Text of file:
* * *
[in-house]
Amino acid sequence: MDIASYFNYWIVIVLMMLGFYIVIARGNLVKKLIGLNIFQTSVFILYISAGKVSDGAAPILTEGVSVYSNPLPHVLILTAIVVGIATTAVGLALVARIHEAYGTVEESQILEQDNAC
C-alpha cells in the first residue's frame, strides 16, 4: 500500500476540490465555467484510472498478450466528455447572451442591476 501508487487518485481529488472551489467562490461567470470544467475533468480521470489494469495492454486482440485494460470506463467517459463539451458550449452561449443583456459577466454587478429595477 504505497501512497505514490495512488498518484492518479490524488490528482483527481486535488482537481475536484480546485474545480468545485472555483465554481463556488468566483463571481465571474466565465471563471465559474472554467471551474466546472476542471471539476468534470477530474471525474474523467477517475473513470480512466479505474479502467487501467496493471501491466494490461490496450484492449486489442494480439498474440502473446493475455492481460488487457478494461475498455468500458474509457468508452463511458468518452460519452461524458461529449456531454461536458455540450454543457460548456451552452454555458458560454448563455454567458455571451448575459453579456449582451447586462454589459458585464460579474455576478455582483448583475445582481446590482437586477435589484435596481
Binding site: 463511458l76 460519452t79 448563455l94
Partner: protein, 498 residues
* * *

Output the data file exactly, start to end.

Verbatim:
[in-house]
Amino acid sequence: MDIASYFNYWIVIVLMMLGFYIVIARGNLVKKLIGLNIFQTSVFILYISAGKVSDGAAPILTEGVSVYSNPLPHVLILTAIVVGIATTAVGLALVARIHEAYGTVEESQILEQDNAC
C-alpha cells in the first residue's frame, strides 16, 4: 500500500476540490465555467484510472498478450466528455447572451442591476 501508487487518485481529488472551489467562490461567470470544467475533468480521470489494469495492454486482440485494460470506463467517459463539451458550449452561449443583456459577466454587478429595477 504505497501512497505514490495512488498518484492518479490524488490528482483527481486535488482537481475536484480546485474545480468545485472555483465554481463556488468566483463571481465571474466565465471563471465559474472554467471551474466546472476542471471539476468534470477530474471525474474523467477517475473513470480512466479505474479502467487501467496493471501491466494490461490496450484492449486489442494480439498474440502473446493475455492481460488487457478494461475498455468500458474509457468508452463511458468518452460519452461524458461529449456531454461536458455540450454543457460548456451552452454555458458560454448563455454567458455571451448575459453579456449582451447586462454589459458585464460579474455576478455582483448583475445582481446590482437586477435589484435596481
Binding site: 463511458l76 460519452t79 448563455l94
Partner: protein, 498 residues